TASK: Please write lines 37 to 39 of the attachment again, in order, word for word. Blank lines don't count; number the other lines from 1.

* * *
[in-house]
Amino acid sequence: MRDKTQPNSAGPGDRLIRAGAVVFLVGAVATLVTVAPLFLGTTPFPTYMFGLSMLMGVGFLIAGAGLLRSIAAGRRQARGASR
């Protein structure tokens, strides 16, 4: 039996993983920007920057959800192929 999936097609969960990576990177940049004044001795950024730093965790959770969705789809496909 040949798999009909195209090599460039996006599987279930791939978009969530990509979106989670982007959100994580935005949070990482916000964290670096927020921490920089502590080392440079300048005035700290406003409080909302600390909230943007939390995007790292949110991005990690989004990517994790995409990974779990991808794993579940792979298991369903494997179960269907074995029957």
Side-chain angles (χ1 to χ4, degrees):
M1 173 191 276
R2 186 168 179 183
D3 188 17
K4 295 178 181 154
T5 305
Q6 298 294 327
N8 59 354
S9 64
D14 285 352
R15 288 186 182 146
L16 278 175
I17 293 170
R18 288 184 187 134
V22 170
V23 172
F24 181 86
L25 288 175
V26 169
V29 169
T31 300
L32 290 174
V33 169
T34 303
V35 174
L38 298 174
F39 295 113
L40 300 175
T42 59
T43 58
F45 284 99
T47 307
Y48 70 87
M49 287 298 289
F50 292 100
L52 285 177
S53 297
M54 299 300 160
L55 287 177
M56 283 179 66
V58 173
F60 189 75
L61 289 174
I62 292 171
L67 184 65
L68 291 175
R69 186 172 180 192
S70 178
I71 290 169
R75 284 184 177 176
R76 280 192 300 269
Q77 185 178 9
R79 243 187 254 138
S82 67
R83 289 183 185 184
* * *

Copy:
M49 287 298 289
F50 292 100
L52 285 177